A newbie question

My first RC plane is a 3 channel carbon fiber and ripstop slow flyer. Between it and RF G-3.5, it is still flyable after 15+ flights and I can
usually land it where I intend. Great fun!
Now, I'm thinking about my second model, which I want to have ailerons. I'm looking at a park flyer - specifically, the Wasp (http://www.hobbypeople.net/gallery/160521.asp ). It can be built as a 3 channel with dihedral or a straight winged 4 channel plane with ailerons. What would happen if I built it with both?
TIA, Randy
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The dihedral has two main functions:
1: Roll stability. When the plane rolls to the right, the right wing effectively becomes slightly longer, and the left one slightly shorter, causing a lift difference that opposes the initial movement.
2: Allow the rudder to cause roll. When you apply right rudder, the left wing is pointed slightly forwards and the right one slightly backwards. As a result, the left wing will have a slightly larger angle of attack, and produce more lift, rolling the plane to the right.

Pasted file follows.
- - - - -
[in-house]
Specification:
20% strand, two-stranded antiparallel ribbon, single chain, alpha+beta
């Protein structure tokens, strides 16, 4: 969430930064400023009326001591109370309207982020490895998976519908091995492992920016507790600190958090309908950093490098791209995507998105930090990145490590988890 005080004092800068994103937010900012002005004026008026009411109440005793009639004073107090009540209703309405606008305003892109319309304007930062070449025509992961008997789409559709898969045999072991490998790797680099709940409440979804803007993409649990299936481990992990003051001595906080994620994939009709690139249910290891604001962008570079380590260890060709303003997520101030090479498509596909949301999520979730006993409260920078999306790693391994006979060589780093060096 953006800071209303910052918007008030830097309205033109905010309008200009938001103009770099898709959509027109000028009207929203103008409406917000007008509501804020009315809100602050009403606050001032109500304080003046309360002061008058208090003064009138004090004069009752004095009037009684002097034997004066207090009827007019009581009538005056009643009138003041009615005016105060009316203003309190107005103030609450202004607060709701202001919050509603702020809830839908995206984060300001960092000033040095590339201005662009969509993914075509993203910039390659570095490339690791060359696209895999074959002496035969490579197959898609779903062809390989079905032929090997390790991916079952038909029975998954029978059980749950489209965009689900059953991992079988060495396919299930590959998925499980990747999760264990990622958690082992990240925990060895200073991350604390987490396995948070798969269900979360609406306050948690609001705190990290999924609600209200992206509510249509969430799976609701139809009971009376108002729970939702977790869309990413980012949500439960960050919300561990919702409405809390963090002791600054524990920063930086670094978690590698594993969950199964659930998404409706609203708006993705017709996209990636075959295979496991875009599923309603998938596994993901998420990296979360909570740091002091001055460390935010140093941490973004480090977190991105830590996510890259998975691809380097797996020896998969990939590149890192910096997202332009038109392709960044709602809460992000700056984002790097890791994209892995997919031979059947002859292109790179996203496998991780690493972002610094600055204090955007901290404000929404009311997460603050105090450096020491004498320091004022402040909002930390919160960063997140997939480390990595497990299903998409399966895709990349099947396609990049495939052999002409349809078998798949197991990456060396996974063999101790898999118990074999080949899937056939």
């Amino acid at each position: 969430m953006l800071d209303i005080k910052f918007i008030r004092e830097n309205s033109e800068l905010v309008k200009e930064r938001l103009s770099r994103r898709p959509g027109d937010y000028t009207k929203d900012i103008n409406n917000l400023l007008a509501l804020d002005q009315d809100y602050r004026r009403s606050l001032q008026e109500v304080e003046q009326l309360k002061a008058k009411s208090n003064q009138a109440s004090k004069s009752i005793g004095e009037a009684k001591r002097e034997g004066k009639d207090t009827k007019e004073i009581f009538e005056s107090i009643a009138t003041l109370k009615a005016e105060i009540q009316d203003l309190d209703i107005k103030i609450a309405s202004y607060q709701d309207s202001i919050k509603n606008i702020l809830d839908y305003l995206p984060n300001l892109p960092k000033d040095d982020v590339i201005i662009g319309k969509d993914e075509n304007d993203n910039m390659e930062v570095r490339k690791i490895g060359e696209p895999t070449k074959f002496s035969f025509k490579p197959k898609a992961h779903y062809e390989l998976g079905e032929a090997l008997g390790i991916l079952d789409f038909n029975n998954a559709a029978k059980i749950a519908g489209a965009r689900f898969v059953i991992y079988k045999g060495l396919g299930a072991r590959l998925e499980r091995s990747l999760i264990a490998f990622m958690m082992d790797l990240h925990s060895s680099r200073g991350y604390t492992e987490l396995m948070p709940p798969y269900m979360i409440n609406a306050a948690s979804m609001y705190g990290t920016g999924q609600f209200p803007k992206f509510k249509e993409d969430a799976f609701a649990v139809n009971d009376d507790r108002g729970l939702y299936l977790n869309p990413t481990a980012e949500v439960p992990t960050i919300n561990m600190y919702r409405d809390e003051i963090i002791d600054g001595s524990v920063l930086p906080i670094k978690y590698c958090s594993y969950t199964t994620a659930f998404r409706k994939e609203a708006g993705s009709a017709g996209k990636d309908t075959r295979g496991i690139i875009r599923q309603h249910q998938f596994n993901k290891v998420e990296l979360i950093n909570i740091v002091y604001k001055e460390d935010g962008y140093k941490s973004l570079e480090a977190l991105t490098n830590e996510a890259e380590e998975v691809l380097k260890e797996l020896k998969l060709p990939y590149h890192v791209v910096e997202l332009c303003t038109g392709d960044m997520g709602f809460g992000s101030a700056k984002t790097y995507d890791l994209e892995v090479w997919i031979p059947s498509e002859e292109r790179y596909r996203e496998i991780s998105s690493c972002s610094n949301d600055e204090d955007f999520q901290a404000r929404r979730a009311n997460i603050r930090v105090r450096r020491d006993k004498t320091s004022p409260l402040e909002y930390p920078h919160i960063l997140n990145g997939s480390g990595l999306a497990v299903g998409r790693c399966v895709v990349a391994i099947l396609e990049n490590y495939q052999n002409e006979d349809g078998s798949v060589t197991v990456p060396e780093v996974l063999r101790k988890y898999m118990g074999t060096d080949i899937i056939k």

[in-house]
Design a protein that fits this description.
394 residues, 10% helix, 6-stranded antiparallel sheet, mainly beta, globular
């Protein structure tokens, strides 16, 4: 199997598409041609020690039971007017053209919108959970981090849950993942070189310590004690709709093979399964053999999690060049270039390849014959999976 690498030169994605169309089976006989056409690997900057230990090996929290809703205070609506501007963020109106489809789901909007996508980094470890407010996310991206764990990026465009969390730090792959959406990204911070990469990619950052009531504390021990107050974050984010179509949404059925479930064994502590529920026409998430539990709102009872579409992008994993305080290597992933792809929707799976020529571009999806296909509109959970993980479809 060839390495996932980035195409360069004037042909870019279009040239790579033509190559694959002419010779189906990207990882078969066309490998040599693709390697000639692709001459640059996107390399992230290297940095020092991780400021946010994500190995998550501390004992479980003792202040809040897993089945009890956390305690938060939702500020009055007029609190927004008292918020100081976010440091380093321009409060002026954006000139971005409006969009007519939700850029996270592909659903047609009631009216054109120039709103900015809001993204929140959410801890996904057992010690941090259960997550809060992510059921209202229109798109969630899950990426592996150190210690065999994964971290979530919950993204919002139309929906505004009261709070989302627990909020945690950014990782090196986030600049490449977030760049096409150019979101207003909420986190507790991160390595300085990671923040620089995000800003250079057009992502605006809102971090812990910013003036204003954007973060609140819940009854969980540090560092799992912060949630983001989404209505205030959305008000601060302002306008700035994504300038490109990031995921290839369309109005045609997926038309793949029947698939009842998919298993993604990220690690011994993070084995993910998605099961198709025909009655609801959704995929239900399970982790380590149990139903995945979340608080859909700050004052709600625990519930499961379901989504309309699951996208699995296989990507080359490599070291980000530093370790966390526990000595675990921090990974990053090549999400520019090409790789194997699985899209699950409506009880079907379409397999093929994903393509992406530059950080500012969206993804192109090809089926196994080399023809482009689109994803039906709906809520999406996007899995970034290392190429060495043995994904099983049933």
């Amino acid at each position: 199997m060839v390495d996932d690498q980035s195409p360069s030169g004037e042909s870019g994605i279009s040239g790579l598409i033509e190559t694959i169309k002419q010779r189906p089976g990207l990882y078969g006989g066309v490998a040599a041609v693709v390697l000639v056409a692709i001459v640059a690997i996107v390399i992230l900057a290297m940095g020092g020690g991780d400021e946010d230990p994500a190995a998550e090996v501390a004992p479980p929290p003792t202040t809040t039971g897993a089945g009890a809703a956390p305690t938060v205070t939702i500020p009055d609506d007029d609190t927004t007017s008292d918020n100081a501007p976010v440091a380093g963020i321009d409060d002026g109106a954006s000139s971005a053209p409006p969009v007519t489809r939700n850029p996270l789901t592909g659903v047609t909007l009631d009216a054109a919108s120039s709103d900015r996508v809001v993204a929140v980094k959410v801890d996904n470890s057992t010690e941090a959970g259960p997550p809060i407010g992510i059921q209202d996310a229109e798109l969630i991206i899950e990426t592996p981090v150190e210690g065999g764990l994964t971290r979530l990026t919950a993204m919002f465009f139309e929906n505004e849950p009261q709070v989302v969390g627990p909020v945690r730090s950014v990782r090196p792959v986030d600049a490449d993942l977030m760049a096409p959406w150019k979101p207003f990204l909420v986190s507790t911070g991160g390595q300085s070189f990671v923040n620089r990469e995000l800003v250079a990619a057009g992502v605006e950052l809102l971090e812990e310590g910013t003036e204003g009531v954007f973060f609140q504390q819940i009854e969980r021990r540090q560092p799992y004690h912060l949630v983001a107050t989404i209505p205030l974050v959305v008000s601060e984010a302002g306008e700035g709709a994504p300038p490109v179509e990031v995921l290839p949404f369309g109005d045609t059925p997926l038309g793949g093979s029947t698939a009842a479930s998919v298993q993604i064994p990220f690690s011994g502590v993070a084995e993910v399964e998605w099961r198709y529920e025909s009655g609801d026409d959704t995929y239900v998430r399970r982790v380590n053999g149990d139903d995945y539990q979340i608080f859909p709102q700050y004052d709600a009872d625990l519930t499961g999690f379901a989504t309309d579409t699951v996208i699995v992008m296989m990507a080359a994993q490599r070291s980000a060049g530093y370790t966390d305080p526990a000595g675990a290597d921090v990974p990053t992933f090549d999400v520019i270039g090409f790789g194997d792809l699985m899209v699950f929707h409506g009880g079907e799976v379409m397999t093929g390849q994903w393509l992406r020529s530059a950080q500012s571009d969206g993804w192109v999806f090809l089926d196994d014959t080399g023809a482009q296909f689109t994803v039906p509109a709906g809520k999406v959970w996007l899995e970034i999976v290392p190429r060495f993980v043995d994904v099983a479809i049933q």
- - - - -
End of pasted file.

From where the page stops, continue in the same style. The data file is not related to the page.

If you build both dihedral and ailerons, your ailerons would be less effective and your rudder would cause the plane to roll. An expert pilot would say it flies like a dog. For a total newbie, this setup might not be all bad, but since you can handle your 3-channel with reasonable confidence, I recommend going for zero dihedral. You can fly it just fine using aileron and elevator only (forget about the rudder at first, except on the ground), and it will be much more fun to fly when the ailerons work the way they should.
--
RoRo

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Robert Roland wrote:

Wot he said..plus. The most noticeable thing moving from 3 channel dihedralled plane to a dihedral-less plane with ailerons, is that the plane is much more neutral. Put it in a bank, and it will stay there. It requires opposite aileron to correct. taking mitts off sticks wont have it magically right itself.
This is why many advanced trainers leave a little in..so you get used to using the ailerons, but the plane at least won't tighten in a turn.. Going from a stable to a neutrally table plane, is quite a big step for a beginner.
For reference, high wing plane needs about 5 degrees to be self righting, and 2-3 degrees to ensure a ban won't steepen.
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